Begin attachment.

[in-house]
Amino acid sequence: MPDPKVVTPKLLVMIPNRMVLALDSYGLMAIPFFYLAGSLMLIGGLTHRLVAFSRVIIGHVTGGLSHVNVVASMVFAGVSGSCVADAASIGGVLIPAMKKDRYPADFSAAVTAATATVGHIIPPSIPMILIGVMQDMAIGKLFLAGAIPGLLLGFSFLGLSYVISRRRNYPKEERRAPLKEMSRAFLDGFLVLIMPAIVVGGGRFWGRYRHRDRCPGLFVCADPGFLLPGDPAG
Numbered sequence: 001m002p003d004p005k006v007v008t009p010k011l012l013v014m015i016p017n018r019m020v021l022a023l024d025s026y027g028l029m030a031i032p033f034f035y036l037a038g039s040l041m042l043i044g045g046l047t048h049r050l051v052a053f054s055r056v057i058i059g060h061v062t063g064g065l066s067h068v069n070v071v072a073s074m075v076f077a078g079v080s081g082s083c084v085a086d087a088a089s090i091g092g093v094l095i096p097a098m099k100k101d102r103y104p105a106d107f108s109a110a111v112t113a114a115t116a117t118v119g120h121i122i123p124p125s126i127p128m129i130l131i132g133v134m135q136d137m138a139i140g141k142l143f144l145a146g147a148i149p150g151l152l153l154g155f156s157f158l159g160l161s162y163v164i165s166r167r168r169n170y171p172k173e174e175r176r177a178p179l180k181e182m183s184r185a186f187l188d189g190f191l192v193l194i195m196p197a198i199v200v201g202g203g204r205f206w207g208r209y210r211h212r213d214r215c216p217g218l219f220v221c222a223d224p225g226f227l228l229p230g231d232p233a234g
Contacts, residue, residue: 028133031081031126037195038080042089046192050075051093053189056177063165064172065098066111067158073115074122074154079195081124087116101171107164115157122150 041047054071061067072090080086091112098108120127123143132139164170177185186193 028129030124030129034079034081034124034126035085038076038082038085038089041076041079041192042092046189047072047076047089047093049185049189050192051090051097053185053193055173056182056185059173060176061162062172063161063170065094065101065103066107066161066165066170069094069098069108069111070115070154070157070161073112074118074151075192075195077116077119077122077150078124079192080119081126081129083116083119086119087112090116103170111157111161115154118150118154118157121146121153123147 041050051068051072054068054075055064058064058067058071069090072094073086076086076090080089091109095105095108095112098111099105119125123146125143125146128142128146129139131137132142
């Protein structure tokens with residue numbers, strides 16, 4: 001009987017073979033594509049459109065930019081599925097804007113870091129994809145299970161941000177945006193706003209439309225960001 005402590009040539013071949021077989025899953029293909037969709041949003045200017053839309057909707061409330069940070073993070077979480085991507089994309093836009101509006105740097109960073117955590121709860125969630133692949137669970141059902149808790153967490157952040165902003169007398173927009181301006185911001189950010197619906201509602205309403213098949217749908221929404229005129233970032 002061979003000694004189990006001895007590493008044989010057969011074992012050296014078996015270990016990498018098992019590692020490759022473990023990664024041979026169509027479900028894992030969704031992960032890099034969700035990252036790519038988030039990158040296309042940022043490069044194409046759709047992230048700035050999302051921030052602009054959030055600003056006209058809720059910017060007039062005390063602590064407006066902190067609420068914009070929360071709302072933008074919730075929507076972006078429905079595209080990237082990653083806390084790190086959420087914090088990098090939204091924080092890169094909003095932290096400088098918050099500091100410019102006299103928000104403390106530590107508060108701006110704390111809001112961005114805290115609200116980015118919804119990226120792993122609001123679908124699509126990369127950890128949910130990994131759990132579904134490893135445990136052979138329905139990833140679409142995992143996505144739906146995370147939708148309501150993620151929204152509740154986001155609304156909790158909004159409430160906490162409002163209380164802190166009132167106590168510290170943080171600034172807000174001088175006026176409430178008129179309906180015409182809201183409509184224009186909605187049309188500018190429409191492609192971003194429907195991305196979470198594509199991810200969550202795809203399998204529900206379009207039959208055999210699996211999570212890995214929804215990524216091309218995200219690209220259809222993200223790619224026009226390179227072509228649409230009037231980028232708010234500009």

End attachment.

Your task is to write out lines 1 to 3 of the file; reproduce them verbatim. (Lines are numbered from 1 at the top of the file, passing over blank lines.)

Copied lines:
[in-house]
Amino acid sequence: MPDPKVVTPKLLVMIPNRMVLALDSYGLMAIPFFYLAGSLMLIGGLTHRLVAFSRVIIGHVTGGLSHVNVVASMVFAGVSGSCVADAASIGGVLIPAMKKDRYPADFSAAVTAATATVGHIIPPSIPMILIGVMQDMAIGKLFLAGAIPGLLLGFSFLGLSYVISRRRNYPKEERRAPLKEMSRAFLDGFLVLIMPAIVVGGGRFWGRYRHRDRCPGLFVCADPGFLLPGDPAG
Numbered sequence: 001m002p003d004p005k006v007v008t009p010k011l012l013v014m015i016p017n018r019m020v021l022a023l024d025s026y027g028l029m030a031i032p033f034f035y036l037a038g039s040l041m042l043i044g045g046l047t048h049r050l051v052a053f054s055r056v057i058i059g060h061v062t063g064g065l066s067h068v069n070v071v072a073s074m075v076f077a078g079v080s081g082s083c084v085a086d087a088a089s090i091g092g093v094l095i096p097a098m099k100k101d102r103y104p105a106d107f108s109a110a111v112t113a114a115t116a117t118v119g120h121i122i123p124p125s126i127p128m129i130l131i132g133v134m135q136d137m138a139i140g141k142l143f144l145a146g147a148i149p150g151l152l153l154g155f156s157f158l159g160l161s162y163v164i165s166r167r168r169n170y171p172k173e174e175r176r177a178p179l180k181e182m183s184r185a186f187l188d189g190f191l192v193l194i195m196p197a198i199v200v201g202g203g204r205f206w207g208r209y210r211h212r213d214r215c216p217g218l219f220v221c222a223d224p225g226f227l228l229p230g231d232p233a234g